- A: If you own, say, four weeks at a single resort, IRS would likely look at your ownership as a single property for tax purposes. If you use three of those weeks for personal purposes in a particular year and rent the fourth week, the rental income should be treated as discussed above. Even if you rent multiple weeks, those rules would still be applicable. However, if you regularly rent out multiple weeks every year and the average stay by your renters is longer than seven days in a given year, you might be able to deduct your losses for that year as rental activity losses.
- Q: What is required in order for the losses from multiple week rentals to be deductible?
A: In addition to having an average rental period longer than seven days, all of the following must apply:
- You don't use the property for more than the greater of 14 days or10% of the rental days during the year.
- You must "actively participate" in the rental operations. Examples of acceptable activity might include advertising, approving who the renter will be, deciding how much rent to charge and determining the wording of the rental agreement. But if, for example, you own Marriott weeks and you ask Marriott to rent the weeks for you, you would not be able to pass thistest.
- Your adjusted gross income must be under $100,000. Otherwise your deduction might be limited.
- Q: It sounds as though it will be a rare situation where a timeshare rental loss would be deductible.
- A: Yes, it would be very rare.
- Q: What do I do if the rental agency gives me a Form 1099 at the end of the year reporting the rental income to the IRS?
- A: If you believe the income should be reported, show it on schedule E and claim your legitimate expenses against it. If you don't show the income on your return, it's likely that the IRS will contact you about the discrepancy between the Form 1099 and your tax return. If you believe the income is not taxable, report the income on a schedule attached to your return. You would report the income as "Rental income reported on Form 1099." Then on the next line you might show the same amount as "Income not reportable because the taxpayer rented this vacation property for less than 15 days during the year." The net of the two numbers would be zero.
- Q: Where on my tax return would I reference this schedule?
- A: There are two possibilities. My favorite, assuming you have no other miscellaneous income, would be to insert a zero on the line for "Other Income" (line 21 on the 2005 Form 1040) with a note indicating "See attached schedule." Others would suggest omitting the schedule and showing the same information on the rental income form (Schedule E). However, I don't believe Schedule E is the proper place to show it if you are taking the position that it is not taxable rental income.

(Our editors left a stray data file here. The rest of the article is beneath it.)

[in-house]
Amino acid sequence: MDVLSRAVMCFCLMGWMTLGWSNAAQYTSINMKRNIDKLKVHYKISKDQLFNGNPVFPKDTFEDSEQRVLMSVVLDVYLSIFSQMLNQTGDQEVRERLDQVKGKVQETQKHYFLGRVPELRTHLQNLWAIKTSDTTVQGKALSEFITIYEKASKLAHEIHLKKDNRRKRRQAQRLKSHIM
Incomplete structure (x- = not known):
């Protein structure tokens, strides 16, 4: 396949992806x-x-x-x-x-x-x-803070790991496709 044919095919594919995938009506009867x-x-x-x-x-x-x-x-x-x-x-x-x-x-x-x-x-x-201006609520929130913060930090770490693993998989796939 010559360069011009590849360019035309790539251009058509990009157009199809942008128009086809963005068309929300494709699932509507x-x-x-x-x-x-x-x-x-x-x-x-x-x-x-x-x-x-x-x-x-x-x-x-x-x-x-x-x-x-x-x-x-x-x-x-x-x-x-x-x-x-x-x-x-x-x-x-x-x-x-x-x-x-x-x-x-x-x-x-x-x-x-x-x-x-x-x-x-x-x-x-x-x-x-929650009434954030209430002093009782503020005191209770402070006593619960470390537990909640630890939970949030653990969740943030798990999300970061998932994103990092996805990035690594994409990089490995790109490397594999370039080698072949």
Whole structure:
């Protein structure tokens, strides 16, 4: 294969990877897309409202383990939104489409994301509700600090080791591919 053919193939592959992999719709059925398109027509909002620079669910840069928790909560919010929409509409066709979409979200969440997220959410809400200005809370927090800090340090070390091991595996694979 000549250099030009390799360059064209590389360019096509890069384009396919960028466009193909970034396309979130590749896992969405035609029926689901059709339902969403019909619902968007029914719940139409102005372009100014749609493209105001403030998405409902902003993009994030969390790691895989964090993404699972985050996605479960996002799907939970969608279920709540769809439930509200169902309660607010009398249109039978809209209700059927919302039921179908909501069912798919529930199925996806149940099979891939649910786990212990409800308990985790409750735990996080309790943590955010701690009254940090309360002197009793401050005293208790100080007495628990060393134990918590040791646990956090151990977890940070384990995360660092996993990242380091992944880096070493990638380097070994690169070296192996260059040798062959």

- Q: I keep hearing that if I donate the use of my week to a charity, I'll end up with more cash in my pocket than if I rent. Is that true?
- A: No. As I discuss in a related tax article, donating the use of your week to charity (versus donating your ownership of the timeshare unit) does not entitle you to a charitable tax deduction. Thus, you'll have more cash in your pocket by renting your week for as much as you can get for the week.
Rental income from timeshares is probably taxable in most situations. The income should be reported on schedule E and offset by allowable deductions. Losses from renting your timeshares will normally not be allowable as a tax deduction.
This article does not cover all possible circumstances associated with rental of timeshares. Further, the tax results suggested herein may not be applicable in all circumstances. So always consult your tax advisor before deciding how to treat an item discussed in this article.
In almost every situation, you are required to report the [rental] income on your tax return.
…if you regularly rent out multiple weeks every year and the average stay by your renters is longer than seven days in a given year, you might be able to deduct your losses for that yearas rental activity losses.
Unfortunately, there is a tax rule that would just about eliminate anychance of your claiming a tax loss for renting your week.